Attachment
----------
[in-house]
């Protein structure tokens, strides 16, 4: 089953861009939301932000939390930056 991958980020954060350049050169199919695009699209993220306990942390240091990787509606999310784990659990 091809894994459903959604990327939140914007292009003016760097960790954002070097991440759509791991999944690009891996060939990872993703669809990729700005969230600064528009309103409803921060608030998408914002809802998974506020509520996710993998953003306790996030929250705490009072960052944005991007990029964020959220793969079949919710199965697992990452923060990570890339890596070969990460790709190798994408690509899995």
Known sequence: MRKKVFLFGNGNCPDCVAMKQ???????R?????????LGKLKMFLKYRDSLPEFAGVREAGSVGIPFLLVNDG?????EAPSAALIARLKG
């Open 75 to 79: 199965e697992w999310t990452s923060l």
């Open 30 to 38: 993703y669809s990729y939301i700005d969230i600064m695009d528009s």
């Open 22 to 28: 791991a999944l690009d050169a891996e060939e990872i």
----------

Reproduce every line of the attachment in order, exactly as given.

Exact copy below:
[in-house]
């Protein structure tokens, strides 16, 4: 089953861009939301932000939390930056 991958980020954060350049050169199919695009699209993220306990942390240091990787509606999310784990659990 091809894994459903959604990327939140914007292009003016760097960790954002070097991440759509791991999944690009891996060939990872993703669809990729700005969230600064528009309103409803921060608030998408914002809802998974506020509520996710993998953003306790996030929250705490009072960052944005991007990029964020959220793969079949919710199965697992990452923060990570890339890596070969990460790709190798994408690509899995």
Known sequence: MRKKVFLFGNGNCPDCVAMKQ???????R?????????LGKLKMFLKYRDSLPEFAGVREAGSVGIPFLLVNDG?????EAPSAALIARLKG
């Open 75 to 79: 199965e697992w999310t990452s923060l």
């Open 30 to 38: 993703y669809s990729y939301i700005d969230i600064m695009d528009s």
């Open 22 to 28: 791991a999944l690009d050169a891996e060939e990872i």